By building a robotic arm that can lift and move objects using magnetic sensors, a team of Richardson High School students took first place at the annual Young Women in Science and Engineering (WISE) Investigators program.
The Young WISE Investigators program was established in 2012 to encourage young women from the Dallas area to pursue careers in science and engineering. During the yearlong program, the students build their skills through hands-on STEM research and mentoring. They compete in teams to design, develop and implement an innovative solution to a science and engineering problem.
The teams’ research culminated at a recent poster competition at UT Dallas. The budding researchers explained their work to a panel of judges, mirroring the research process at the college level. The judges, composed of industry, faculty and postdoctoral experts, evaluated each team on its knowledge of the subject matter, application of the scientific method to conduct a valid experiment, and written and oral communication of its research.
After the competition, participants were recognized at a celebratory luncheon with their families, mentors and UT Dallas faculty. The top three teams were awarded scholarships to attend UT Dallas. Texas Instruments engineer Ruchi Shah, a former Young WISE college mentor, delivered a keynote speech about opportunities for women in science and engineering fields, and shared her career experiences.
The first-place team from Richardson High School showed that magnetic sensing is an efficient way for robots to interact with their environment. The results could have applications in assembly line manufacturing and search-and-recovery operations.
Second place went to a team from Berkner High School in Richardson that explored the intersection of fashion design and technology by using a flexible polyurethane filament to 3-D print fabric. Third place went to a team from Hillcrest High School in Dallas that engineered a solar-powered charging station for phones.
The level of competition was highlighted by the judges’ difficulty in selecting the top three projects and their praise for the teams.
“The solar-powered cellphone charger is an innovative and thoughtful experiment conducted with compassion and rigor,” said competition judge John Harkins, principal communication systems engineer at Boeing. “I especially appreciated the passion with which the team tackled the experiment.”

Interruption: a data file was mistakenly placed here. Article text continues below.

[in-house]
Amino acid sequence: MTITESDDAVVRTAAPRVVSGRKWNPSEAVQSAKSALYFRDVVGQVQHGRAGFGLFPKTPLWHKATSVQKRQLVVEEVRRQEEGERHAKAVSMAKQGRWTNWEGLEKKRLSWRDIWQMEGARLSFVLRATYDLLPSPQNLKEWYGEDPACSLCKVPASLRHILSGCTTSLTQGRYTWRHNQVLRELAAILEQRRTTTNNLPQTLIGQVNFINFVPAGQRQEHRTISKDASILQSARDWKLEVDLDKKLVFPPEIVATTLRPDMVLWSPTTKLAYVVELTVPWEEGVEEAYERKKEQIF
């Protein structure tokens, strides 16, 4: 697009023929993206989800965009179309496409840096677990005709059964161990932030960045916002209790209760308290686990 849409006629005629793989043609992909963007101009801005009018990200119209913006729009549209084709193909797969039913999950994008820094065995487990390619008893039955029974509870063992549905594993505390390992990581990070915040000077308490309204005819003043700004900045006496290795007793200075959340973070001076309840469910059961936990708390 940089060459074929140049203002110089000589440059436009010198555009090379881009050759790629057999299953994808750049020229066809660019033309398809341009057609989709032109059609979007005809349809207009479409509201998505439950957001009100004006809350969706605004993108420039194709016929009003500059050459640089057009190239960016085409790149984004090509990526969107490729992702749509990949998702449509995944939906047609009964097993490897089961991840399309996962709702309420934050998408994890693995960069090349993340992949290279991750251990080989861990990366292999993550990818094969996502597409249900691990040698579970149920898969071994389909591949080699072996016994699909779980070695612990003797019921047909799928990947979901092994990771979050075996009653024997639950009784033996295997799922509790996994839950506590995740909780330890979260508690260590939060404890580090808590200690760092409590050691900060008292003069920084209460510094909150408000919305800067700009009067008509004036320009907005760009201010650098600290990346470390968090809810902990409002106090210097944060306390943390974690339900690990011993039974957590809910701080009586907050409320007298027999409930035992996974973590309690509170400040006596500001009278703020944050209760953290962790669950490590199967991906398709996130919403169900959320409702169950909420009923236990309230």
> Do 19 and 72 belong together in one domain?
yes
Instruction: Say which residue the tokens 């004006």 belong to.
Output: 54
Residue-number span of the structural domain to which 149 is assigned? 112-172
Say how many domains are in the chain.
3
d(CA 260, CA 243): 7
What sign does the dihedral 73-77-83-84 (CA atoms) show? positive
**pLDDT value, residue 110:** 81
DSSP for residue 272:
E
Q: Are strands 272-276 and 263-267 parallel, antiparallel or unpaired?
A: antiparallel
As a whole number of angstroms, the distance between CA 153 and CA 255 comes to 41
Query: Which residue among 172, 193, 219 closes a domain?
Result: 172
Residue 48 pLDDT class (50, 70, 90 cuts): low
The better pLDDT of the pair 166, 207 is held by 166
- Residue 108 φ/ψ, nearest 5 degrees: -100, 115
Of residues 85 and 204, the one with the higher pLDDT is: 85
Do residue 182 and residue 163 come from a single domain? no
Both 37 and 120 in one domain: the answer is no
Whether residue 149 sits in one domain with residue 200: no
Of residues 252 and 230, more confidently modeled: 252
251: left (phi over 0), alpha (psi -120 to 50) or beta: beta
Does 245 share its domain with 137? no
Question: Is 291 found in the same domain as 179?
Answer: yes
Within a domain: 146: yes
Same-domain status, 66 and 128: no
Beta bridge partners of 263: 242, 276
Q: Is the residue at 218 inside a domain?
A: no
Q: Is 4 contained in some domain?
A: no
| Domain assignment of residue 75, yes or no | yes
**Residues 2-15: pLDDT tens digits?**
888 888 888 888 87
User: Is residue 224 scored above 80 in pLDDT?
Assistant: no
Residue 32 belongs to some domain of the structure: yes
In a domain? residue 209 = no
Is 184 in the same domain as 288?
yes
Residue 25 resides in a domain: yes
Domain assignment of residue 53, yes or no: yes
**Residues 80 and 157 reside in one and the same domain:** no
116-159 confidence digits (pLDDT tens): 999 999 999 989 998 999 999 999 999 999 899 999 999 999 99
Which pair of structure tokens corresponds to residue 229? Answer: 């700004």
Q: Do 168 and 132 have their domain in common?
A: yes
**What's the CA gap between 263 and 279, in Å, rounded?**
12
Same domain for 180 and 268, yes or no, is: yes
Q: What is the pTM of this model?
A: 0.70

This year, UT Dallas college mentors, staff and faculty worked with teachers and administrators at eight participating schools to recruit, engage and mentor students. Fifty-one high school and three community college students participated in the program — 44 female and 10 male students.
Each team was assigned a UT Dallas student mentor, a teacher mentor, a UT Dallas faculty mentor and an industry mentor to guide them in their work and offer insight into college and career paths. The UT Dallas student mentors included 26 female students and postdoctoral researchers.
Industry mentors included volunteers from Texas Instruments, Ericsson and Cisco.
Dr. Magaly Spector, professor in practice, assistant to the provost and the founder of the program, anticipates more growth as the program enters its fifth year.
“Each year, the Young WISE Investigators program has continued to improve, strengthening its model and its effectiveness in helping to narrow the gender gap in STEM innovation and achievement,” she said.
“The program team looks forward to continuing upon this trajectory by broadening participation to more schools and students, deepening connections with high school STEM teachers and curricula, and creating more structured opportunities for young women to learn firsthand how they can advance science and engineering research to improve the world around them.”